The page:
In terms of toxins released, it was the largest single environmental disaster in recorded history.

Fly Ash Flu

Over the last year, the Topmillers said they have experienced mounting health problems including nosebleeds, chronic headaches, and respiratory complications.

“We got what we call the fly ash flu,” Gary Topmiller said. “We had to go to Nashville to a doctor down there and he said for us to get out of here, but we don’t have any place to go.”

Not far away on Quarry Road, Rev. Peggy Blanchard is raising her great-granddaughter, Julianna, who is five years old. She worries about the potential health impacts related to fly ash.

“We are concerned in terms of exposure to ourselves but we’re mostly concerned about Julianna because not only is this a cumulative thing over a lifetime,” Blanchard said, “but also at her age she’s very much still in the process of neurological development and you don’t want anything that is going to have a negative impact on that.”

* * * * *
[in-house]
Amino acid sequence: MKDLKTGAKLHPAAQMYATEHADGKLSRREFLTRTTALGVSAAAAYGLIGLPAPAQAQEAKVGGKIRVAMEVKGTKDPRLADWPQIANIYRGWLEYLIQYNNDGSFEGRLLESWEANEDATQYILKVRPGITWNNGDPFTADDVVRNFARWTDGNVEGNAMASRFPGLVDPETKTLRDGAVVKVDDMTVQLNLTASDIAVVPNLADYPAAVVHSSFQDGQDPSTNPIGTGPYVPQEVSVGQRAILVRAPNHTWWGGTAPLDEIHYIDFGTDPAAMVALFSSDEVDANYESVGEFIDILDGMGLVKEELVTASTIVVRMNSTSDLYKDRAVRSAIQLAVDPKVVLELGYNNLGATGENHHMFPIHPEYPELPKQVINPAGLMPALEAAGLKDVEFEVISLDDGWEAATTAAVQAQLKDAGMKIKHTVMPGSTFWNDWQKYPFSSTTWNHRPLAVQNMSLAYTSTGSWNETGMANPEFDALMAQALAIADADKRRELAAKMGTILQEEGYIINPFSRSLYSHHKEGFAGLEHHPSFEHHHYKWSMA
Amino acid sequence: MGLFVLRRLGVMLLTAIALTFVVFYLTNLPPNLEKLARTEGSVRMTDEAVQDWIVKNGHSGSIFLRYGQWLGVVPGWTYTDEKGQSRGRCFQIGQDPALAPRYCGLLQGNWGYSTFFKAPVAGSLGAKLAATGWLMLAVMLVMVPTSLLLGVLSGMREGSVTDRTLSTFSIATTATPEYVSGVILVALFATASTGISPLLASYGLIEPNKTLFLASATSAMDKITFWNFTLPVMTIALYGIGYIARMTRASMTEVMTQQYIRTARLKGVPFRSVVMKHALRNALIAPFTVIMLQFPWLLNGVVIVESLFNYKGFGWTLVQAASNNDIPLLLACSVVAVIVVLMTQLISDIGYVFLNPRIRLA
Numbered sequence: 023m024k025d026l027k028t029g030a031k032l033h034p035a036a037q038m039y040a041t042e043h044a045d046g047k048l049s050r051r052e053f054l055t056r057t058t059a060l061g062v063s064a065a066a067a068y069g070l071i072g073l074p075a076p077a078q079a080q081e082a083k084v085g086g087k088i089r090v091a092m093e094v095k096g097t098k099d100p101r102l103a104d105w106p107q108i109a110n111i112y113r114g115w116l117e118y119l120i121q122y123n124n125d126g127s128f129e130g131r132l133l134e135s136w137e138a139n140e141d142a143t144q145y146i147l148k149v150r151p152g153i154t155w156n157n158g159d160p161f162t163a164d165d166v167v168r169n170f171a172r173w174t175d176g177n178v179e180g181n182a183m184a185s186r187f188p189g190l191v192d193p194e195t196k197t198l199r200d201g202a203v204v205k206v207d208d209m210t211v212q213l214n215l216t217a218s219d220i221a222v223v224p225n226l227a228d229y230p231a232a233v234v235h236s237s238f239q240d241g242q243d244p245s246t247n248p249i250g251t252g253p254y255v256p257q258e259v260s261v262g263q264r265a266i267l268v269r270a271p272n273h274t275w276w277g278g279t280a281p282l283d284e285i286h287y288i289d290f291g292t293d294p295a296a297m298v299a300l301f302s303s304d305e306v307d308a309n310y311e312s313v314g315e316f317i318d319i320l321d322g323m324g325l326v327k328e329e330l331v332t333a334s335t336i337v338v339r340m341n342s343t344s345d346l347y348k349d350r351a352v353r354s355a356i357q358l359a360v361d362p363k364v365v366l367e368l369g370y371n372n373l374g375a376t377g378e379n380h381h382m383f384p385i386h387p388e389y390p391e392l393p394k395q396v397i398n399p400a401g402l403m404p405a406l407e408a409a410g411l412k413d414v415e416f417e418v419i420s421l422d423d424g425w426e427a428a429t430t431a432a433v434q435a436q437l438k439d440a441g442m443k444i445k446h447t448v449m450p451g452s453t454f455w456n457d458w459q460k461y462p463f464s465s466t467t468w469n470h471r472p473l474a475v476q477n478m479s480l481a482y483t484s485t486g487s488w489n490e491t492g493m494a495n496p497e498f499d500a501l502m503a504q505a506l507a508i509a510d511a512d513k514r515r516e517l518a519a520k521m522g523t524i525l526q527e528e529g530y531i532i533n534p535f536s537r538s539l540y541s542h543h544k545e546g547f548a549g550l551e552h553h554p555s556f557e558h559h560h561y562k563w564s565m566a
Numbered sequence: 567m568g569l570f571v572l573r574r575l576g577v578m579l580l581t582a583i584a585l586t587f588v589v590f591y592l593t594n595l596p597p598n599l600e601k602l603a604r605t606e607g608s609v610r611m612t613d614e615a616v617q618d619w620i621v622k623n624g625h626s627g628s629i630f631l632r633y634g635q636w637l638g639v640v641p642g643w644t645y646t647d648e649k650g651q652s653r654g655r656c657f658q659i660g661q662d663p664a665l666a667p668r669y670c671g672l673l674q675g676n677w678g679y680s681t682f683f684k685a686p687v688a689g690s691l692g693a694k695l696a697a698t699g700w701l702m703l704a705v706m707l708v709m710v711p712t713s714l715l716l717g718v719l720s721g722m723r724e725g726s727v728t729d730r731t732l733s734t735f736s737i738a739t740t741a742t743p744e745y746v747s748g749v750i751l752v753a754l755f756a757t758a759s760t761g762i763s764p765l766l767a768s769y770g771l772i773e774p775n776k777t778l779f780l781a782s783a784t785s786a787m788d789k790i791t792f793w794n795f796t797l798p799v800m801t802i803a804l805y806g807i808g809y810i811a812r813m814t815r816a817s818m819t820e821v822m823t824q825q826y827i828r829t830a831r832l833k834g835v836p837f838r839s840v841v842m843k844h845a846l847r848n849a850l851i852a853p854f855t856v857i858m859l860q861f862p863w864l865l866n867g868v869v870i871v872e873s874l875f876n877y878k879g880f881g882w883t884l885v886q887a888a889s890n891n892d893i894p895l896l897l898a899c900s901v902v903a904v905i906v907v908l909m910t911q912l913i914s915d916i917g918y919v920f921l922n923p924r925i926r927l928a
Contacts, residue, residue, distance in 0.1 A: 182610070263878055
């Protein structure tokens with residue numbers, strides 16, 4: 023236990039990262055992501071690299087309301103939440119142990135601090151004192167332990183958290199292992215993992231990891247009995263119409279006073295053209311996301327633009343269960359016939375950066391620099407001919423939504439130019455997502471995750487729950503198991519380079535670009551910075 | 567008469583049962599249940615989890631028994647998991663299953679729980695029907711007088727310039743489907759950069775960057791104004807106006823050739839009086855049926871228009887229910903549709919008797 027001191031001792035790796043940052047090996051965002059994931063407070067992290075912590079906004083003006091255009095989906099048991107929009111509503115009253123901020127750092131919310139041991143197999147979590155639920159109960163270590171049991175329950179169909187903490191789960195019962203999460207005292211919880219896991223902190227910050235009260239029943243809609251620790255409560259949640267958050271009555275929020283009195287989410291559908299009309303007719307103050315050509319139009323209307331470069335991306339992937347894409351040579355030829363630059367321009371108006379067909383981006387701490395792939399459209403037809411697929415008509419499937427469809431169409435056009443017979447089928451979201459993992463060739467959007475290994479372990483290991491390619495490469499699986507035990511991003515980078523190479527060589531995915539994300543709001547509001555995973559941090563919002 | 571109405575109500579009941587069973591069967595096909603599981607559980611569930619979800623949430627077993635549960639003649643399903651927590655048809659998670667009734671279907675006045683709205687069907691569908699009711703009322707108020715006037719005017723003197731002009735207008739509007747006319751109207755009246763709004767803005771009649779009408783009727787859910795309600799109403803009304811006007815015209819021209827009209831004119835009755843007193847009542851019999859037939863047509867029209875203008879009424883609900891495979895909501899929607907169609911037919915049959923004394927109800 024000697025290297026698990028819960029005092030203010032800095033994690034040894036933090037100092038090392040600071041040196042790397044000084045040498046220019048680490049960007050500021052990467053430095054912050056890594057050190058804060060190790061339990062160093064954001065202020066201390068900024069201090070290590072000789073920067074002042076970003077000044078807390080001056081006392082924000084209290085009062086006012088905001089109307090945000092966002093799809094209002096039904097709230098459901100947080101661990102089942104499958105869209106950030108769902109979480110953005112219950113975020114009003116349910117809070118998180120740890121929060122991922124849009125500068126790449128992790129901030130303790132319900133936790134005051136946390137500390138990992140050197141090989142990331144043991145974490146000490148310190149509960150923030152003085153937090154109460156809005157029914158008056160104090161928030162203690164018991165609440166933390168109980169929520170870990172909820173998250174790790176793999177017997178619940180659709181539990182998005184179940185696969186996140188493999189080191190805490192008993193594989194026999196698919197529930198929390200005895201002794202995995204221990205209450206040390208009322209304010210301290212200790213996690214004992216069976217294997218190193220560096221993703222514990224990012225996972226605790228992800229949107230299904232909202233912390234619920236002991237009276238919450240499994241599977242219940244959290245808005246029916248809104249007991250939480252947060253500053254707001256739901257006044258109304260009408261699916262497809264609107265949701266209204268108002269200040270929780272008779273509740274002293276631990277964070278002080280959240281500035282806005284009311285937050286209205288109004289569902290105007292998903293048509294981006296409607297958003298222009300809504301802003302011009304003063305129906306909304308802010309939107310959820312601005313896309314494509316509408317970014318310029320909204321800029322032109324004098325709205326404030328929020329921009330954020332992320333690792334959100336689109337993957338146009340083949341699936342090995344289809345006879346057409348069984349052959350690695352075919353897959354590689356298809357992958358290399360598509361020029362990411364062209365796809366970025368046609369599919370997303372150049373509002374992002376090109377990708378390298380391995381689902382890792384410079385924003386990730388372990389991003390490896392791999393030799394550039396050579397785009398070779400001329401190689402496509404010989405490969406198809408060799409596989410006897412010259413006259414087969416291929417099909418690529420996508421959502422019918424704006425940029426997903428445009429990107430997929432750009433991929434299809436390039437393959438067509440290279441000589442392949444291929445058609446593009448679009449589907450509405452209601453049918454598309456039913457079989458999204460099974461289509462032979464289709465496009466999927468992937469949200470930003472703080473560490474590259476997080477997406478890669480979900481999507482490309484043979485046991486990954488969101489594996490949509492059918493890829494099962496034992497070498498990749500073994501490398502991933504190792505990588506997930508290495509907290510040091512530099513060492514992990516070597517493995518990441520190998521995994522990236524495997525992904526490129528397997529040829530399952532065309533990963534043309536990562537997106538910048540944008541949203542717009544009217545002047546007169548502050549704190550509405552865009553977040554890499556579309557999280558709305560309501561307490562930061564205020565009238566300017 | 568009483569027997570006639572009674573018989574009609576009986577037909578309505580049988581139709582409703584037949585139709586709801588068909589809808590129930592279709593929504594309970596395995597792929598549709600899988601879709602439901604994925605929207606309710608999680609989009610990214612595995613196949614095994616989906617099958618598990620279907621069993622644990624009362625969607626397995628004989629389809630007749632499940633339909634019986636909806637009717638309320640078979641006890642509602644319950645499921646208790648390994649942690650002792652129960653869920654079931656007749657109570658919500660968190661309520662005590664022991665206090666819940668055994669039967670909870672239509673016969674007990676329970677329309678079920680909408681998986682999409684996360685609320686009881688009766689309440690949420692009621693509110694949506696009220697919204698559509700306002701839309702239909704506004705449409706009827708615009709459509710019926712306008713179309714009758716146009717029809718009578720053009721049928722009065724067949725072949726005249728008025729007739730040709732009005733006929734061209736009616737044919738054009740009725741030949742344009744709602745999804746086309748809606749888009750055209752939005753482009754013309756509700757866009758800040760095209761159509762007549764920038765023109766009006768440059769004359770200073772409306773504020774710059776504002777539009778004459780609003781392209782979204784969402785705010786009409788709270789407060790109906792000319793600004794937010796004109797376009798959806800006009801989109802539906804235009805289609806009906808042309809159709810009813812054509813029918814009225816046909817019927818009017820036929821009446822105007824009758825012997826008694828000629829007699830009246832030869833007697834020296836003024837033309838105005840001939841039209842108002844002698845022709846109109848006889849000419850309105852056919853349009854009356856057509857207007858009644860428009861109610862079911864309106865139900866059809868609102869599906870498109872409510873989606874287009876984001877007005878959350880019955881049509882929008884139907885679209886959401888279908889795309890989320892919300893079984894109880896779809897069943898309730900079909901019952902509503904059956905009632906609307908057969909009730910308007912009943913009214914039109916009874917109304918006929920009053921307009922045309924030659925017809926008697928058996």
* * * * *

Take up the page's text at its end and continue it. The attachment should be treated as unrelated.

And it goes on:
According to the Tennessee Department of Health, “If dust suppression measures should fail and particulate matter is present in concentrations greater than National Ambient Air Quality Standards due to the coal ash becoming airborne for periods longer than one day, the department concludes that particulate matter from airborne coal ash could harm people’s health, especially for those persons with pre-existing respiratory or heart conditions.”

“If there is a medical concern, they are welcome to go to the claims office and file a claim,” said Barbara Martocci, a TVA spokesperson.

Oak Ridge Associated University (ORAU) is handling the medical claims that residents file with TVA.